CLARION - In 1921 the nation was in the grip of baseball fever. Every major city had a pro team and smaller cities had a minor league team.

In rural Pennsylvania every town and village boasted their own "nine."

Everywhere but Clarion.

When a "combination" of teams, including DuBois, Reynoldsville, Brookville, Ridgway, New Bethlehem and Punxsutawney met to schedule games they did not include Clarion.

According to the Clarion Democrat of June 23, 1921, a representative of the league was reported to have said, "Clarion was not in the game of baseball."

Clarion, according to the newspaper, "very quietly went to work and took stock of its local baseball material."

The organizers of the Clarion team did not attempt to "go into the market" to buy the services of "high-priced men."

Instead of bringing in "ringers," the team relied on the baseball talent "at hand" which was known to be of "a very fair average and some of it rather brilliant."

The newspaper concluded the team was "very strong."

All they had to do was prove it on the field.

The first test was at DuBois, a town now for baseball.

"The (Clarion) team was so poorly estimated by the fans at DuBois that the fans did not deem it worthwhile to patronize the game as they should," reported the newspaper.

That was important because the teams played for what they earned from the attendance.

The newspaper said the crowd learned the "error of their ways" when the Clarion team "walked all over" the DuBois "supposed to be invincible team of semiprofessionals."

Clarion won by a score of 6-2 holding DuBois to just four hits. Clarion had 14 hits.

"The DuBois people found a real baseball team to match theirs," said the Democrat.

The DuBois Courier newspaper said of the game that "Brown, the underhanded pitcher, pitched a fine brand of ball forcing the local players to hit the ball into the air. He was given brilliant support by the third baseman who made several spectacular plays."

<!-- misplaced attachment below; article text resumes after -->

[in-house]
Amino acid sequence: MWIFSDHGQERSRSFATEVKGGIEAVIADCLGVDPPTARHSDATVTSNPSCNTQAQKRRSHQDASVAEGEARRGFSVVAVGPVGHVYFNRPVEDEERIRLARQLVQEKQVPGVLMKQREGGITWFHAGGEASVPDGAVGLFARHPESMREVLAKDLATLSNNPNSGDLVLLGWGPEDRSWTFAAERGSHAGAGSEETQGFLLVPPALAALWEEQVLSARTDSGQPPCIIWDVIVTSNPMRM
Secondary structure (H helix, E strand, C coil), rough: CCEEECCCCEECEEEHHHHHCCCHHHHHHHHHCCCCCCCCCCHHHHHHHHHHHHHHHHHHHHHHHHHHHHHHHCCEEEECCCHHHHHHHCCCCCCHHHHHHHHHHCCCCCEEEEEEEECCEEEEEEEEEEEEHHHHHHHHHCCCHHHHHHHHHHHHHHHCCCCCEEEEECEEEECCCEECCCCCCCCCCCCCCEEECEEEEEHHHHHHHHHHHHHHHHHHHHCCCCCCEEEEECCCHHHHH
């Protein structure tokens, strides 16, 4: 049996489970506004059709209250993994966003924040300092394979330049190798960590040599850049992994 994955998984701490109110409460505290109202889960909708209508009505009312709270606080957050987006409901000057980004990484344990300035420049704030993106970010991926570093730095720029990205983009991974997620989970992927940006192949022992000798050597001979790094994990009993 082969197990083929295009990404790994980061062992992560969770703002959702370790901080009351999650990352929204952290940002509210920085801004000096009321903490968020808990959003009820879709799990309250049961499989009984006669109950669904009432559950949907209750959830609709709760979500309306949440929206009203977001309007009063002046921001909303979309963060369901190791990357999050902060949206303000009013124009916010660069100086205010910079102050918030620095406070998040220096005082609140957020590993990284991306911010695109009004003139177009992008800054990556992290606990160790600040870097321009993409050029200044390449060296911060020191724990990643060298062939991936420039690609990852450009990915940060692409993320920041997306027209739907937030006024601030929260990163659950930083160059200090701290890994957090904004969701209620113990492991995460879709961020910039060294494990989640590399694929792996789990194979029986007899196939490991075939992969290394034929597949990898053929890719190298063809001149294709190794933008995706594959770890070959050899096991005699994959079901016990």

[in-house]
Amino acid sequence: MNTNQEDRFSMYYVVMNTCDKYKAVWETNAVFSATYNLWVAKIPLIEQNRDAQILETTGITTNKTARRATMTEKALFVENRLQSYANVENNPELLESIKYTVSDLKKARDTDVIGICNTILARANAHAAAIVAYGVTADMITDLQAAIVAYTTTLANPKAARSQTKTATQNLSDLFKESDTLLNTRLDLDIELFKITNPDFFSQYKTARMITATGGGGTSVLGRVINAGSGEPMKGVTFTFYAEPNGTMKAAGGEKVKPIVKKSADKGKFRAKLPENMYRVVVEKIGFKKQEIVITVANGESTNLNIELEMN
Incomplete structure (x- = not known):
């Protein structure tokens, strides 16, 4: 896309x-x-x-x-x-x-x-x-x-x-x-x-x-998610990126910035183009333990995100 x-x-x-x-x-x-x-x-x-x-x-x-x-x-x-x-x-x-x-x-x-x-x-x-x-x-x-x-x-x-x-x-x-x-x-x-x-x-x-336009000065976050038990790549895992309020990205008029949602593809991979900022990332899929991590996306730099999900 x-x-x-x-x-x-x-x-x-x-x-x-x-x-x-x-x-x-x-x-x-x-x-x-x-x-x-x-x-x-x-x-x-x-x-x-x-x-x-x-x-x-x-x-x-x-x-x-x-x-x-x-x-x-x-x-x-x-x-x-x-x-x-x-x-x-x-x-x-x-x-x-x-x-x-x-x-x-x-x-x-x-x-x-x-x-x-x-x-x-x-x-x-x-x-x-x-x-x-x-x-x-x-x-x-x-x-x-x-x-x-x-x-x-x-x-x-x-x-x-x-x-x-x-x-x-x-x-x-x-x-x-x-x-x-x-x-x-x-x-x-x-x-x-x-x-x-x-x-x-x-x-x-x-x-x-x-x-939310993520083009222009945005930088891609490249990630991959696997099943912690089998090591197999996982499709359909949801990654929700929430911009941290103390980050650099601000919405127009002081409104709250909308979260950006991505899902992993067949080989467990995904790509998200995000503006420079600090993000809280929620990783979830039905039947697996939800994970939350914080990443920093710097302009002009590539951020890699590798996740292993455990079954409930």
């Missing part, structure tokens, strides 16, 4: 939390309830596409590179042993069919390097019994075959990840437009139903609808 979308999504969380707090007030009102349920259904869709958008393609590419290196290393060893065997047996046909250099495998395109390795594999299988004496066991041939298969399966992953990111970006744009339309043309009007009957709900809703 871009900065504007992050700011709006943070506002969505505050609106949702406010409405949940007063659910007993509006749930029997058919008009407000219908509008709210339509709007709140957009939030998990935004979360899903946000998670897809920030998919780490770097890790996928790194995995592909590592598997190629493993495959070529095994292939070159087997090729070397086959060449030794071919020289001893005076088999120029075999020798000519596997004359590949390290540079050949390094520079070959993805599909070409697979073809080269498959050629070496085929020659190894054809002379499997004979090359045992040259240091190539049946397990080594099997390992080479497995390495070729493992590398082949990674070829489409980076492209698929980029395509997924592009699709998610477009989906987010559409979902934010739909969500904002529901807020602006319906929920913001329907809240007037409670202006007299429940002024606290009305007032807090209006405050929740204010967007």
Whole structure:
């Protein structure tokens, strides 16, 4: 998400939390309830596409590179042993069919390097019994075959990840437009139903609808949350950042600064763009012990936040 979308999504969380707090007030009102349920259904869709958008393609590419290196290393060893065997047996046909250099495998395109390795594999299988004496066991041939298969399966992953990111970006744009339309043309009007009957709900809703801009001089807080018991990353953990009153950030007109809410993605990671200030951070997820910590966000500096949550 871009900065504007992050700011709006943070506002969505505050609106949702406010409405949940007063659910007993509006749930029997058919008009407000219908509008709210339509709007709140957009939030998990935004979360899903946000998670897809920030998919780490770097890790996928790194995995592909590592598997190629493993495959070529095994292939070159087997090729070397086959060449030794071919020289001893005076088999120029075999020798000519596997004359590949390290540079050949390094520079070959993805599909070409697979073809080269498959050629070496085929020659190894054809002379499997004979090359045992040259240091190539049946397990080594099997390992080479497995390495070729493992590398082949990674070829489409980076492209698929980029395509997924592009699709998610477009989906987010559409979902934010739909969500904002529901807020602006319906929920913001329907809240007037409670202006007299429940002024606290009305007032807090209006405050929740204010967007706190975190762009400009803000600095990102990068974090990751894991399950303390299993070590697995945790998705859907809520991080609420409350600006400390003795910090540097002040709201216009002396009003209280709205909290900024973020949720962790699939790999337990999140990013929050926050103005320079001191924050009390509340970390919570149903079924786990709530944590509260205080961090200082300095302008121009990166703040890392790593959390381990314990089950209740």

(Note: The local baseball stories of this period did not include the first names of the players or a complete box score.)

Clarion's left fielder, Smith, was the "batting king" with three hits, two of them doubles."

Every Clarion player had at least one hit.

Clarion lost to Monterey in the next game by a 3-1 score. Clarion led 1-0 but in the bottom of the fifth inning before Monterey scored three runs aided by a walk.

The Clarion nine defeated New Bethlehem in an "old-fashioned tug-of-war." It was a pitching duel with Clarion's Smith and Stitt for New Bethlehem.

Clarion jumped out to a 2-0 lead in the third but New Bethlehem scored solo runs in the fourth and fifth innings. Clarion broke the tie with a run in the seventh and held on for the win.

Clarion rolled over Endeavor in the next game scoring a 15-3 win. Clarion had 15 hits but committed two errors. Endeavor was shut out until the fifth when they scored a run.

Endeavor added runs in the fifth and ninth but the Clarion lead was never threatened.

Clarion hosted Sykesville and came off with a 4-3 win. The highlight of the game was a blast off the bat of Smith, the Clarion pitcher. The newspaper said the ball was the longest hit made at the grounds going over the centerfield fence and almost over the trees in back of the fence. The solo blast in the eighth was the game winner.

The long home run off the bat of Smith proved Clarion was a baseball town after all.

(A few of the other players named in other game summaries were: Mooney, Whisner, Sloan, Striley, Rapp and Carroll.)